Then, we met up with Brahim’s friends for more tea at a local cafe.  It was at this cafe that my brother’s misconceptions of Arabic/Islamic culture were smashed– these guys were sitting around showing each other pictures of their girlfriends on their iPhones.  I shit you not!  It turns out that these guys were college students at various places, including Seville in Spain (where we had just come from).  After tea they invited us back to one of their apartments (which was empty, just us) and we hung out and swapped stories.  Many of the funniest stories were sexual in nature–just because they live in a Muslim country doesn’t mean they don’t hook up.  And, they’re still guys, so they like joking about it.  It really didn’t feel too different from hanging out with my friends back in the USA.  Oh yeah, and when we left the tea place, we didn’t pay then either.  Brahim told us, “its cool”.

Then, one of the guys who had been educated in Seville, spoke up, in English: “I don’t think Osama Bin Laden was a real person.  I think he was invented by the US Government”.  Oh boy.  We proceeded to have a very cordial conversation in which I politely poked holes in his massive Jewish/USA conspiracy theory to attack Muslims.  Suddenly, some of the concerns many Americans hold about the Islamic world came to life in a very real way.  There are two things to keep in mind here, though– first, the conversation was extremely cordial.  It was a political conversation among amicable people.  Second, some of the people in the group of Moroccan students weren’t buying it either.  As in all things, nothing is black and white.  After a 30 minute conversation (and one in which James desperately wished he spoke Arabic and could participate haha) my conspiracy-theorist friend bid us adieu and we returned home for the night.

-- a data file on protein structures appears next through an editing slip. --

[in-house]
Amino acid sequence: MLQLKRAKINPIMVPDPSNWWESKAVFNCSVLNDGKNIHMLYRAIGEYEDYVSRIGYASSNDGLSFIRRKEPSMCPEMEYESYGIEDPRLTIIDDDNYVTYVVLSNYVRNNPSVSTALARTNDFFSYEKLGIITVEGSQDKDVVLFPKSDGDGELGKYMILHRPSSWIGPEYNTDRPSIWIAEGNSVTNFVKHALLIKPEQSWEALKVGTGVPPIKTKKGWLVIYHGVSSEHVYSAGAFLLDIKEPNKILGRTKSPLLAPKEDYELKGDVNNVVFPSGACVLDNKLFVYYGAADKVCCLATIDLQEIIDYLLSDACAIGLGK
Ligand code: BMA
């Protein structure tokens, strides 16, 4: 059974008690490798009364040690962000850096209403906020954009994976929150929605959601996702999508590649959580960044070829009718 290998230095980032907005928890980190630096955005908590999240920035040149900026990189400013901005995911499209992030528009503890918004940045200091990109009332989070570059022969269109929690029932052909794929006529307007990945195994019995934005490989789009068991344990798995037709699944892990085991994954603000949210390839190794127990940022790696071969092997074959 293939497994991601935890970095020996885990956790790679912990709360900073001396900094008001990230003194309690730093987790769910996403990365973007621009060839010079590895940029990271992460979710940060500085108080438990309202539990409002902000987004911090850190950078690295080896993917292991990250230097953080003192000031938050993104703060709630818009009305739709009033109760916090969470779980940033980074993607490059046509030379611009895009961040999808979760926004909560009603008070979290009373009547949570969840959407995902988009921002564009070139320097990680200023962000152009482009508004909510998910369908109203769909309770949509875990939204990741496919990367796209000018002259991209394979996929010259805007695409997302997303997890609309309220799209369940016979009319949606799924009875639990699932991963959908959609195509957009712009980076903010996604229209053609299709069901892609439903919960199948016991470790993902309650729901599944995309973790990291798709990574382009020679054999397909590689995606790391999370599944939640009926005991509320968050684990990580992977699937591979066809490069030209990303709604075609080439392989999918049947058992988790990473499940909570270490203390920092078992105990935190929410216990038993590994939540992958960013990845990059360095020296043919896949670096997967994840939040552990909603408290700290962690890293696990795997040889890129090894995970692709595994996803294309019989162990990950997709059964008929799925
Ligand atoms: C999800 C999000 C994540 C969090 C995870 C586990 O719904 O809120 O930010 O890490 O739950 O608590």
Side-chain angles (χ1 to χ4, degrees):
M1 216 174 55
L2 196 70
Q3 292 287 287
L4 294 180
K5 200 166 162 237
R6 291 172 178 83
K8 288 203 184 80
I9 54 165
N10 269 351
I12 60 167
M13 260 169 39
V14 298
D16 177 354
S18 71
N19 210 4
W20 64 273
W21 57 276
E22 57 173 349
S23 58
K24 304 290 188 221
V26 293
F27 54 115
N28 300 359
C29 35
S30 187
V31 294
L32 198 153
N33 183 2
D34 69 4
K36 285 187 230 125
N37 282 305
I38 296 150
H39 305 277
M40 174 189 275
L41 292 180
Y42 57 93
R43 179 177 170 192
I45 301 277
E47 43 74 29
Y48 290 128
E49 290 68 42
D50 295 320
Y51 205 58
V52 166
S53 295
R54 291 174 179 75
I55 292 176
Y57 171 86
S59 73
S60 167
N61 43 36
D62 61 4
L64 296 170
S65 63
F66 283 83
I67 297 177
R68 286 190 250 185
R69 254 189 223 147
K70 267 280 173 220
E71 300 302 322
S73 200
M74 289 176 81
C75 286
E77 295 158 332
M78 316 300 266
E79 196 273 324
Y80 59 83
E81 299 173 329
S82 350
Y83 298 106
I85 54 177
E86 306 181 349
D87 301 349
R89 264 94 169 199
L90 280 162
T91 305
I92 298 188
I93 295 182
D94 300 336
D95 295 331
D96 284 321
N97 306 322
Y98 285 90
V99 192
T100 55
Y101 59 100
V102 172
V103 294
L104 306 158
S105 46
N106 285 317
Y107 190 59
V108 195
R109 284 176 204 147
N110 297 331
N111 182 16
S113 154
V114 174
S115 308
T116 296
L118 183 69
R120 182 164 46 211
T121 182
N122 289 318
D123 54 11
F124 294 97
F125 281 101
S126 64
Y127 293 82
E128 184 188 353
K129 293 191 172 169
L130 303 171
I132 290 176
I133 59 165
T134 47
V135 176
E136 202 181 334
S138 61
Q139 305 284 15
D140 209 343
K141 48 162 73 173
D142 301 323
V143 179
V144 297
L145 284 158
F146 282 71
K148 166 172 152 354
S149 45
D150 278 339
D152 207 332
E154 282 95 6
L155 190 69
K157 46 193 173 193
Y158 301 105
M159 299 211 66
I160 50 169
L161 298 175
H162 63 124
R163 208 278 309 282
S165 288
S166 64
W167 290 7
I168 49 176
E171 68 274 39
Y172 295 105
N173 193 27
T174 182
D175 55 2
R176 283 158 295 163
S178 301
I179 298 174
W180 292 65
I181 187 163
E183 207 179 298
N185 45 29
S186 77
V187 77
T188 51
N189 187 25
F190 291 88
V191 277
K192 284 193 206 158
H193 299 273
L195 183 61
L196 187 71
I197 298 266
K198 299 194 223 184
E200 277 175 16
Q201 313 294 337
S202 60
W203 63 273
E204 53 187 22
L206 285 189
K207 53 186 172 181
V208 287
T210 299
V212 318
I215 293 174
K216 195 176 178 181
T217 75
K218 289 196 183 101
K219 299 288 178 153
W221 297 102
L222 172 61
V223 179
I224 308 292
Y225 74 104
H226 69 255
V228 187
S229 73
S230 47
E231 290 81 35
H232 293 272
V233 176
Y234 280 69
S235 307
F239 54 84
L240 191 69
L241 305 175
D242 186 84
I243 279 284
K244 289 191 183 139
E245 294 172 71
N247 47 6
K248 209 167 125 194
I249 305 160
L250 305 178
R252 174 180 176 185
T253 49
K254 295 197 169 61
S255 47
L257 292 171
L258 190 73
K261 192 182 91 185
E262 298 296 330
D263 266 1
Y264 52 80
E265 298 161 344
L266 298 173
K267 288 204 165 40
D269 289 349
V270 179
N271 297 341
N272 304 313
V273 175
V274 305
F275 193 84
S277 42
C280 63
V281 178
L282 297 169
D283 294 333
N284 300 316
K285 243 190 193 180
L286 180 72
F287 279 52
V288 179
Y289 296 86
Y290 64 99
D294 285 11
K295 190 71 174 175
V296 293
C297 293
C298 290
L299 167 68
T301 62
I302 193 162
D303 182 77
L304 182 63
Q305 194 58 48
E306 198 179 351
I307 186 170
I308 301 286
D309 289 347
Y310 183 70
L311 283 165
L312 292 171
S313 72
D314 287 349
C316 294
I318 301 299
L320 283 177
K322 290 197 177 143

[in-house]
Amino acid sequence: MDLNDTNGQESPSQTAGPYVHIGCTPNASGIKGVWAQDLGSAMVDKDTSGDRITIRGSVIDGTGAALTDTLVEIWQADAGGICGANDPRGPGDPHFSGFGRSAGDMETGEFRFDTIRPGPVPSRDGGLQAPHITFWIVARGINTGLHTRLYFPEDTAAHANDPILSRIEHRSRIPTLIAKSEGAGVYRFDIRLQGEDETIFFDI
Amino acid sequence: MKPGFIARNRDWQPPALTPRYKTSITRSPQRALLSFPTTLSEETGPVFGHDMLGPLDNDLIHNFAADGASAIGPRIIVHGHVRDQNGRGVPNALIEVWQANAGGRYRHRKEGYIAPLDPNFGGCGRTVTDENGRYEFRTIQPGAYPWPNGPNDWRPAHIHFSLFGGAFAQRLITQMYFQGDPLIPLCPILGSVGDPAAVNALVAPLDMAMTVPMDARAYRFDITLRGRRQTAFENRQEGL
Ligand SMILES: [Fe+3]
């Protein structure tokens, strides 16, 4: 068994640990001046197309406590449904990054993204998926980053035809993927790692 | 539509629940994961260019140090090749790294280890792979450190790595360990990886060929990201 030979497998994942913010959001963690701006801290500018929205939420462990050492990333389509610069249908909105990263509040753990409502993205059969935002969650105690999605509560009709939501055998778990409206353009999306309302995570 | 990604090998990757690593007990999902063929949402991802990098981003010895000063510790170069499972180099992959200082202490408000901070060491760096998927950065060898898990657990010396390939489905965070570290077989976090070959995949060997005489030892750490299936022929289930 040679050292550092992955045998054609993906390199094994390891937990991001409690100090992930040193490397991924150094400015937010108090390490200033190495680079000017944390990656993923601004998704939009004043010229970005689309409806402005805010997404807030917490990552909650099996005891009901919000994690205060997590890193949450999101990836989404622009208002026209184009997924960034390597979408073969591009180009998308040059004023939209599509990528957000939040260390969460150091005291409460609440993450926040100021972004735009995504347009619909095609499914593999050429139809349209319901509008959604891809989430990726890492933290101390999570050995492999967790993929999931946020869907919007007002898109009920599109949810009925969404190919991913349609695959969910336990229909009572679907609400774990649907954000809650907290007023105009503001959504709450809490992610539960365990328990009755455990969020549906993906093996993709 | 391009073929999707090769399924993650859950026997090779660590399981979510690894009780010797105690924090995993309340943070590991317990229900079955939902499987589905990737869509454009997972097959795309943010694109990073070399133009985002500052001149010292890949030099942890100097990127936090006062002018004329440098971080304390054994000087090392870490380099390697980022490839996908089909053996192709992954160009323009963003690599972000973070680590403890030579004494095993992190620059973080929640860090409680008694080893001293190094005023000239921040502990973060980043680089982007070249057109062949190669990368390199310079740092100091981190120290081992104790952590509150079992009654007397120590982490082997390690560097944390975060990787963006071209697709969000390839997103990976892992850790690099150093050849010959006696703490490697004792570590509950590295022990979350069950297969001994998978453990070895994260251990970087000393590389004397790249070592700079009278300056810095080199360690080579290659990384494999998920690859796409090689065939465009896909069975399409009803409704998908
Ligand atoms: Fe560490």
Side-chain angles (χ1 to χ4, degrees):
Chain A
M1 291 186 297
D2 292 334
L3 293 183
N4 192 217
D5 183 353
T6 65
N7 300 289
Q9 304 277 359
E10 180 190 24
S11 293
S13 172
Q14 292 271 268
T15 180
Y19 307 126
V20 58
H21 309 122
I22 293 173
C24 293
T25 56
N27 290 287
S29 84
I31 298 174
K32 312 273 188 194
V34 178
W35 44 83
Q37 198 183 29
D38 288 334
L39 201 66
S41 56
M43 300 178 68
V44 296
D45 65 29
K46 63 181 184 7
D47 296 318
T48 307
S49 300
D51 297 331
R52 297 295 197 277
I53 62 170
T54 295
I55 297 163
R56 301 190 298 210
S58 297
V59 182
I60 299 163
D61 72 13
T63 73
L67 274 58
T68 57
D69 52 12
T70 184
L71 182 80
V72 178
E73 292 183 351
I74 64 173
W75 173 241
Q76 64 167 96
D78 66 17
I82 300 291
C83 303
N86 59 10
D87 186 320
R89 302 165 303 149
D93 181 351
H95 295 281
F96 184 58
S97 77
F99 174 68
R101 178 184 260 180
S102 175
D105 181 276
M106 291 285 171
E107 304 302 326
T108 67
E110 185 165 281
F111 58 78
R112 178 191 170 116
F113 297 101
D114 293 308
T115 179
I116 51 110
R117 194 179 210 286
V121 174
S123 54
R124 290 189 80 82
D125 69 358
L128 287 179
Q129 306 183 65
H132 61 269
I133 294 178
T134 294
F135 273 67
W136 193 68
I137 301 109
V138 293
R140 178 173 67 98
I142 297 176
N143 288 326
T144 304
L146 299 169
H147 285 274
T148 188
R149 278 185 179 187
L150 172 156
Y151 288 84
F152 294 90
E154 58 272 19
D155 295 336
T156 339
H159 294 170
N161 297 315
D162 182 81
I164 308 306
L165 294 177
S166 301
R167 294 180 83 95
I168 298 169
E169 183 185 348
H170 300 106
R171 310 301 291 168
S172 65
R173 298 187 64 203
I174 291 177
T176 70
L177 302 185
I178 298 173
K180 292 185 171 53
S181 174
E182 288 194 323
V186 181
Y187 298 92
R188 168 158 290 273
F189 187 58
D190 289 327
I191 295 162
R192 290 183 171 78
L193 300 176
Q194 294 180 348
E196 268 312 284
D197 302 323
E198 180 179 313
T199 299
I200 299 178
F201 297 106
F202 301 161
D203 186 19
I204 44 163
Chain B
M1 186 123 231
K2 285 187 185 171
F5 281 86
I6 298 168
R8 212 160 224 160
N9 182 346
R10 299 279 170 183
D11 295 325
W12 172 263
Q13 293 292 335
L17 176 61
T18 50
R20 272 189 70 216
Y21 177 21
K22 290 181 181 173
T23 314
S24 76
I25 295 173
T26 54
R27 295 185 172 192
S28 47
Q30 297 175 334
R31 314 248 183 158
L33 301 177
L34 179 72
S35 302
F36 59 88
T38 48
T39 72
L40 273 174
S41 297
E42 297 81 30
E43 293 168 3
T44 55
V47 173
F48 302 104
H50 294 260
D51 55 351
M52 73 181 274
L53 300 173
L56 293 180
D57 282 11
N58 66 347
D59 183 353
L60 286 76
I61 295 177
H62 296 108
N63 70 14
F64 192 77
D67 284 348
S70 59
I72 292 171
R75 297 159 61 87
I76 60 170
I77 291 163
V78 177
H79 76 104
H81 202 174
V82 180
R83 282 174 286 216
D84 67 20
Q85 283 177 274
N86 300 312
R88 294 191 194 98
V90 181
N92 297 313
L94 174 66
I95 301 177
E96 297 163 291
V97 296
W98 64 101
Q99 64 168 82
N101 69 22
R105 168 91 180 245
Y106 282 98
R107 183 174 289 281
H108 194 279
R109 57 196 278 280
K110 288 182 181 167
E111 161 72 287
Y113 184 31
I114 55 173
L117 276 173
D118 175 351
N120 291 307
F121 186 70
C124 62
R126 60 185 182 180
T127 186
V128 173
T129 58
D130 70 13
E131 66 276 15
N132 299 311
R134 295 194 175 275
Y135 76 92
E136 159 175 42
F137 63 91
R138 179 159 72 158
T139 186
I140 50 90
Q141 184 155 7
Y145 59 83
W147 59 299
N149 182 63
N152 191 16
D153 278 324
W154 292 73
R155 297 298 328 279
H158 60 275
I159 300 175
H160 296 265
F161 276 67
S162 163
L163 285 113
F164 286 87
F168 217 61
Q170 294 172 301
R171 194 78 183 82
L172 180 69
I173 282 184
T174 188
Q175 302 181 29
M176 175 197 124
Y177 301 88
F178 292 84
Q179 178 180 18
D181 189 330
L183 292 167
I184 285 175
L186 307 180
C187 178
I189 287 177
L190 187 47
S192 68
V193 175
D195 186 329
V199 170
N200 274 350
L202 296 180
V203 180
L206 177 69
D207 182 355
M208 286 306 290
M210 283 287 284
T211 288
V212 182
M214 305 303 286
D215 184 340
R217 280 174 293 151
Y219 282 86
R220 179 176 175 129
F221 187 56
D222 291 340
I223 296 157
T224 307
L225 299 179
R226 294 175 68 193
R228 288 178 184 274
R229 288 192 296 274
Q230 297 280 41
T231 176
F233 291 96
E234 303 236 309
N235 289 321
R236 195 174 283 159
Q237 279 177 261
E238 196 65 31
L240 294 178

The following day was our last morning in Fes– we got breakfast with Brahim (again, we didn’t have to pay).  James said that the previous night he’d seen Brahim slap the cafe-owner with a 100 dirham bill (5 times our actual tab).  In short, Brahim is a boss.  We bought some totally sweet Moroccan blankets, and headed out of town for the 7 hour train ride to Marrakech.

On the train, we had a coach that was a revolving door of interesting people (almost entirely young women).  Conversation began when I offered them some of my water in Arabic, and then we ended up talking about all things–politics, religion, dating, etc.  In all places on earth, the difference between educated and uneducated people is clear.  It was really cool to meet so many people who were educated.

Anyway, this was a TON of text and no pictures!  So, I’m going to leave this up for a part 4 with more pictures and descriptions of our time in Marrakech.  And THEN I’ll be done.

Hope everyone is well!


One Response to “Morocco Trip Part 3”

  1. Derp says:

    Hey, just wanted to say your blog is amazing, and you are truly living the dream. My life goal is to travel the world and experience every culture for non-trivial amounts of time, and seeing how much of that you do is really inspiring.